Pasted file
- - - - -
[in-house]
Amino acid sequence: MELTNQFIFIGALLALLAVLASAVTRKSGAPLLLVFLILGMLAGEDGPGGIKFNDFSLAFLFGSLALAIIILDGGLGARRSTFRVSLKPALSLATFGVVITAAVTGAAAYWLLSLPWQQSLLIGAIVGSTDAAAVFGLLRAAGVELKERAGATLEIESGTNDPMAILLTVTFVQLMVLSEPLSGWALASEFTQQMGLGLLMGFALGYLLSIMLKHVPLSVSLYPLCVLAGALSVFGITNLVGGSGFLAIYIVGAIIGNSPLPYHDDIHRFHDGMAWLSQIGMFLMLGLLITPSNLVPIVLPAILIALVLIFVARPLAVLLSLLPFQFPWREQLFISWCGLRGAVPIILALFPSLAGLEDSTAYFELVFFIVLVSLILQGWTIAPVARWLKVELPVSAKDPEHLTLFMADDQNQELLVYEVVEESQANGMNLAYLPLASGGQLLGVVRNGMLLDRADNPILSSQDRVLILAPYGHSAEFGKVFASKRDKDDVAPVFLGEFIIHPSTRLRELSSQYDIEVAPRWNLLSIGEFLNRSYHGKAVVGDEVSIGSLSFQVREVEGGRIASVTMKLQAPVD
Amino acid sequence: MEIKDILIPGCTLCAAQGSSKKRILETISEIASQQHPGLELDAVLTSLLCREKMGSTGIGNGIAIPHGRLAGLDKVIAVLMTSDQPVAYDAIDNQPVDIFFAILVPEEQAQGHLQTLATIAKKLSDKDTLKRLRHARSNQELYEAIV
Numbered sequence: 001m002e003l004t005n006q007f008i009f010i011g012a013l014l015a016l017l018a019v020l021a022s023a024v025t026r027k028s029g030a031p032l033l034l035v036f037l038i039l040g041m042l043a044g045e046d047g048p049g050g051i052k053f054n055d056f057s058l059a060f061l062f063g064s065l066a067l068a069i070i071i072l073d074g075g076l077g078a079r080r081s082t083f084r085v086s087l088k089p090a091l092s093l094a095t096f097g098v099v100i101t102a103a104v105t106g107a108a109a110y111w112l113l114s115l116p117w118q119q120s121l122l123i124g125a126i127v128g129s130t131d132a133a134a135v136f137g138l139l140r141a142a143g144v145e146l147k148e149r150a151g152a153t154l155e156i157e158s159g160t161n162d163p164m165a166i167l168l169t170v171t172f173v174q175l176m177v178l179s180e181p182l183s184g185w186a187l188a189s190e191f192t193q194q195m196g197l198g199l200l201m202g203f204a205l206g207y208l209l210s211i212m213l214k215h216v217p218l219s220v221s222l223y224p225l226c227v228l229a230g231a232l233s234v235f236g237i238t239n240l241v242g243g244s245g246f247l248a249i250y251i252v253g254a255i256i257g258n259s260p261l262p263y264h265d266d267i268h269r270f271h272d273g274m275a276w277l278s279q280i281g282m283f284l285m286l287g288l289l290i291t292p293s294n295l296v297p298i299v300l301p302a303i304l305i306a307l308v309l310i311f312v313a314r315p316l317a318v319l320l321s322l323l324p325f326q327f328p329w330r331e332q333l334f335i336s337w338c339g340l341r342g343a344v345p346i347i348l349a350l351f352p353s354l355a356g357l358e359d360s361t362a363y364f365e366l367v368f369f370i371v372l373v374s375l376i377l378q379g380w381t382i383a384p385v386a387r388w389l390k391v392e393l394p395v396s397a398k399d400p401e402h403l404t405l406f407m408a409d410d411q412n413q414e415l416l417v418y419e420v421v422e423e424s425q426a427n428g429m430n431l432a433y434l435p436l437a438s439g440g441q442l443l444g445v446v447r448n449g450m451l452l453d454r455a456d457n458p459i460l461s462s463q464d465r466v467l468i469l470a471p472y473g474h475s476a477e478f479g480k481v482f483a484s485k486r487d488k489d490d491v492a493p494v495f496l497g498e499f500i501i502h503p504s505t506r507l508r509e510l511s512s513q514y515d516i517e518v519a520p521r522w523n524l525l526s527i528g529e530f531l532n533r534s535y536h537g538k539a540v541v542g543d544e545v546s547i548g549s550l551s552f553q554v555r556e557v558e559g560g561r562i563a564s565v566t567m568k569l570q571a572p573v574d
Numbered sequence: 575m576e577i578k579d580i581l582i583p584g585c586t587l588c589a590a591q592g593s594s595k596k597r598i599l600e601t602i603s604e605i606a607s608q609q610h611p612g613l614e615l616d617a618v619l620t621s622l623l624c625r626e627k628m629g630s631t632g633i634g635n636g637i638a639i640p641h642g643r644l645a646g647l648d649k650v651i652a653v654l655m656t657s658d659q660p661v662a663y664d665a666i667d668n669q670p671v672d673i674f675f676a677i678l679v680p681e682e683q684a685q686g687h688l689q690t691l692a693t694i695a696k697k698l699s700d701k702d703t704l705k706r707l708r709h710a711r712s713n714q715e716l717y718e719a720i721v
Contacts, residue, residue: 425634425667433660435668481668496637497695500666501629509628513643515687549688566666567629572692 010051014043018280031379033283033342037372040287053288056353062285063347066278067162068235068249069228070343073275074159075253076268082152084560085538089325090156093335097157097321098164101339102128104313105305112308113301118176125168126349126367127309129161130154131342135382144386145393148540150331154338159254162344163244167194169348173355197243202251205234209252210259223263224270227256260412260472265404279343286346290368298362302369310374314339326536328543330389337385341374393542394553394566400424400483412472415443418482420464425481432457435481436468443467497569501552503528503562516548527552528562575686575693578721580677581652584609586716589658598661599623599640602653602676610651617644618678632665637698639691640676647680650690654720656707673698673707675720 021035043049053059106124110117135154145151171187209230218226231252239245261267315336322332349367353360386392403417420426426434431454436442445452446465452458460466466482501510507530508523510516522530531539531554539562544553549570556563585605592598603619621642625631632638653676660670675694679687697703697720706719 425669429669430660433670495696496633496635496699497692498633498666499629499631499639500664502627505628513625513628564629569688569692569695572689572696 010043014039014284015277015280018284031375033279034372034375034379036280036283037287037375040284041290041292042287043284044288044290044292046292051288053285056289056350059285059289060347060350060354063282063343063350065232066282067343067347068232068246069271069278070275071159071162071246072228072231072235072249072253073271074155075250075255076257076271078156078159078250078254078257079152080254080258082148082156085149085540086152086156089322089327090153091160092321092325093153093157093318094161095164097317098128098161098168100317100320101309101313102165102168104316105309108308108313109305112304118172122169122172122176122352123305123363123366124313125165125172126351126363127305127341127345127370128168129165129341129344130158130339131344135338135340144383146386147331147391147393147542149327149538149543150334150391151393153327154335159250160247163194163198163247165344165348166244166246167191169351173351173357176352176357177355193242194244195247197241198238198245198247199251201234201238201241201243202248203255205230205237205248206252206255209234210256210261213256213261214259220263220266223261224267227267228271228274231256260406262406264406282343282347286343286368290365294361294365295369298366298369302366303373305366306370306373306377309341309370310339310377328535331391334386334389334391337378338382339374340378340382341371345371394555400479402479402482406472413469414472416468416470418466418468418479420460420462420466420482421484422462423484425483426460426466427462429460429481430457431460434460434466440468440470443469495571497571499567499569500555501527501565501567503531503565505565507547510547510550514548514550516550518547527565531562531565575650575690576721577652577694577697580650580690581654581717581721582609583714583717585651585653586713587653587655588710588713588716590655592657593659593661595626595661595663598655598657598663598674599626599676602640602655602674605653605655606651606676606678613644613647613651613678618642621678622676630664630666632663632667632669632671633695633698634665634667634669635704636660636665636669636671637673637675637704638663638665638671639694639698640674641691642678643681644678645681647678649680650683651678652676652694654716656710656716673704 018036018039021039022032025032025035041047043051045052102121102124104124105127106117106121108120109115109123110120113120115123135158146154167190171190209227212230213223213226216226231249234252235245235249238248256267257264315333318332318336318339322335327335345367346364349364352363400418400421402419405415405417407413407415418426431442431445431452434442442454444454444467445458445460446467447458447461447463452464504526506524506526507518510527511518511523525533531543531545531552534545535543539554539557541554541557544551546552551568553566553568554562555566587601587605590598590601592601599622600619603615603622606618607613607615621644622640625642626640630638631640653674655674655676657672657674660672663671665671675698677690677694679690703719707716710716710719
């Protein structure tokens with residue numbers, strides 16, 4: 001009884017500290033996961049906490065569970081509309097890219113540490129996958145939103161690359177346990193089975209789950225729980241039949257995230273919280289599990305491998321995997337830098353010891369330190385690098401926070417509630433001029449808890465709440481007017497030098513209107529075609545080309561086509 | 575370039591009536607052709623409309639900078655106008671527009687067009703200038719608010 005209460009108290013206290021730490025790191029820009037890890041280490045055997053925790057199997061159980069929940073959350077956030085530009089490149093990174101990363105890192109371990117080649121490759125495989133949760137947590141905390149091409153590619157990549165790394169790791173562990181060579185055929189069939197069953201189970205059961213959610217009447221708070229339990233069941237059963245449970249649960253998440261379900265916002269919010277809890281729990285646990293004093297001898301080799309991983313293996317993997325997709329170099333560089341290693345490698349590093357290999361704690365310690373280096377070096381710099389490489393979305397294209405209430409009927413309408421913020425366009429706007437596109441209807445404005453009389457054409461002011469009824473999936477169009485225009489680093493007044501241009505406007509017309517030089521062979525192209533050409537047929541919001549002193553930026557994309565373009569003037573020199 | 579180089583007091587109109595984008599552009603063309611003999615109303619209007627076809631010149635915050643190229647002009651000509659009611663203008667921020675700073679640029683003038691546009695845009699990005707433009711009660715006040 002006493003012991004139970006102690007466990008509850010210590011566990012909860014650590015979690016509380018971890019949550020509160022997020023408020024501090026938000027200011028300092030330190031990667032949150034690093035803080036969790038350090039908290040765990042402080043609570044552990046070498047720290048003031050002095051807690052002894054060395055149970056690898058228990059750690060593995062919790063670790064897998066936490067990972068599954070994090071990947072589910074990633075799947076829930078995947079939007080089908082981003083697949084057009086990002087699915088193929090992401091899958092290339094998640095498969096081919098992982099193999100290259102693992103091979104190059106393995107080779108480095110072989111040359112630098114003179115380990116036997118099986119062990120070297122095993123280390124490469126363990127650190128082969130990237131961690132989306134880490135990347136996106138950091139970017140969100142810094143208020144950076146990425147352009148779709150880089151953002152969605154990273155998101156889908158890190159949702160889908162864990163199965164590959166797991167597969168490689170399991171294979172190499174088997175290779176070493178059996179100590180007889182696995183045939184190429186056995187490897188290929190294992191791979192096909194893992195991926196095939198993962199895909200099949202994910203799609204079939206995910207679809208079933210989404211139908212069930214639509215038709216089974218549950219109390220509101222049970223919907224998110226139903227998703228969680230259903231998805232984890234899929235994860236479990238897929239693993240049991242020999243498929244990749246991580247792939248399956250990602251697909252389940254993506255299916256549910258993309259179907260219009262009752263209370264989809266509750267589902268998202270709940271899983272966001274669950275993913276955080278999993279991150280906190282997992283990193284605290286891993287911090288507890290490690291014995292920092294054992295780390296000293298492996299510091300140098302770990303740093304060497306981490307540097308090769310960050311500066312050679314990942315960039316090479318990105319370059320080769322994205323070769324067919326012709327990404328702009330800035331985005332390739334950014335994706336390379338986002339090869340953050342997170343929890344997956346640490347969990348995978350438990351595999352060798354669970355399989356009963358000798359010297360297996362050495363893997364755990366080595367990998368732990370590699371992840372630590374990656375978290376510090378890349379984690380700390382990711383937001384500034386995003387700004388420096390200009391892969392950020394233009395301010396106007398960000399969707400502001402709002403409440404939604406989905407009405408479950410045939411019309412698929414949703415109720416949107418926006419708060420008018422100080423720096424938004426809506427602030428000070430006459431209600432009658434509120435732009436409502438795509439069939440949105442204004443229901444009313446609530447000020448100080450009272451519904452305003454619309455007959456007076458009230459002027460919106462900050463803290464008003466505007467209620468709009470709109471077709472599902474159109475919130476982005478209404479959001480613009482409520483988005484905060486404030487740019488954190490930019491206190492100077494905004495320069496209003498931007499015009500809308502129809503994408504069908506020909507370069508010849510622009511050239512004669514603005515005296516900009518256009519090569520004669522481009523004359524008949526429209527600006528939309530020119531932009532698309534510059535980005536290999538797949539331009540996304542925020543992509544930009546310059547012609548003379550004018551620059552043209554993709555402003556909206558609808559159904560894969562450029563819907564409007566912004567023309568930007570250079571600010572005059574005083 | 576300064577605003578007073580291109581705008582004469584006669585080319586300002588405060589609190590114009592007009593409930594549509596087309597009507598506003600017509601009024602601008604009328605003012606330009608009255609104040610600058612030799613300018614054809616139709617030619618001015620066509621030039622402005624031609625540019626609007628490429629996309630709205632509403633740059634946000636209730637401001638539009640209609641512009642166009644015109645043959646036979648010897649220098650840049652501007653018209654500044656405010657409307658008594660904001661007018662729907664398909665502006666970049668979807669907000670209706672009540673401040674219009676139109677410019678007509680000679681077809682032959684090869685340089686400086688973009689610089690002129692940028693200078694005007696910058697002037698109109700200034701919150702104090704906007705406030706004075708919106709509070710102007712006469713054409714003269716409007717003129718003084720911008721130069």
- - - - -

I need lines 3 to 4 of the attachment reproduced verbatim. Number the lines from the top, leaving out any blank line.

Amino acid sequence: MEIKDILIPGCTLCAAQGSSKKRILETISEIASQQHPGLELDAVLTSLLCREKMGSTGIGNGIAIPHGRLAGLDKVIAVLMTSDQPVAYDAIDNQPVDIFFAILVPEEQAQGHLQTLATIAKKLSDKDTLKRLRHARSNQELYEAIV
Numbered sequence: 001m002e003l004t005n006q007f008i009f010i011g012a013l014l015a016l017l018a019v020l021a022s023a024v025t026r027k028s029g030a031p032l033l034l035v036f037l038i039l040g041m042l043a044g045e046d047g048p049g050g051i052k053f054n055d056f057s058l059a060f061l062f063g064s065l066a067l068a069i070i071i072l073d074g075g076l077g078a079r080r081s082t083f084r085v086s087l088k089p090a091l092s093l094a095t096f097g098v099v100i101t102a103a104v105t106g107a108a109a110y111w112l113l114s115l116p117w118q119q120s121l122l123i124g125a126i127v128g129s130t131d132a133a134a135v136f137g138l139l140r141a142a143g144v145e146l147k148e149r150a151g152a153t154l155e156i157e158s159g160t161n162d163p164m165a166i167l168l169t170v171t172f173v174q175l176m177v178l179s180e181p182l183s184g185w186a187l188a189s190e191f192t193q194q195m196g197l198g199l200l201m202g203f204a205l206g207y208l209l210s211i212m213l214k215h216v217p218l219s220v221s222l223y224p225l226c227v228l229a230g231a232l233s234v235f236g237i238t239n240l241v242g243g244s245g246f247l248a249i250y251i252v253g254a255i256i257g258n259s260p261l262p263y264h265d266d267i268h269r270f271h272d273g274m275a276w277l278s279q280i281g282m283f284l285m286l287g288l289l290i291t292p293s294n295l296v297p298i299v300l301p302a303i304l305i306a307l308v309l310i311f312v313a314r315p316l317a318v319l320l321s322l323l324p325f326q327f328p329w330r331e332q333l334f335i336s337w338c339g340l341r342g343a344v345p346i347i348l349a350l351f352p353s354l355a356g357l358e359d360s361t362a363y364f365e366l367v368f369f370i371v372l373v374s375l376i377l378q379g380w381t382i383a384p385v386a387r388w389l390k391v392e393l394p395v396s397a398k399d400p401e402h403l404t405l406f407m408a409d410d411q412n413q414e415l416l417v418y419e420v421v422e423e424s425q426a427n428g429m430n431l432a433y434l435p436l437a438s439g440g441q442l443l444g445v446v447r448n449g450m451l452l453d454r455a456d457n458p459i460l461s462s463q464d465r466v467l468i469l470a471p472y473g474h475s476a477e478f479g480k481v482f483a484s485k486r487d488k489d490d491v492a493p494v495f496l497g498e499f500i501i502h503p504s505t506r507l508r509e510l511s512s513q514y515d516i517e518v519a520p521r522w523n524l525l526s527i528g529e530f531l532n533r534s535y536h537g538k539a540v541v542g543d544e545v546s547i548g549s550l551s552f553q554v555r556e557v558e559g560g561r562i563a564s565v566t567m568k569l570q571a572p573v574d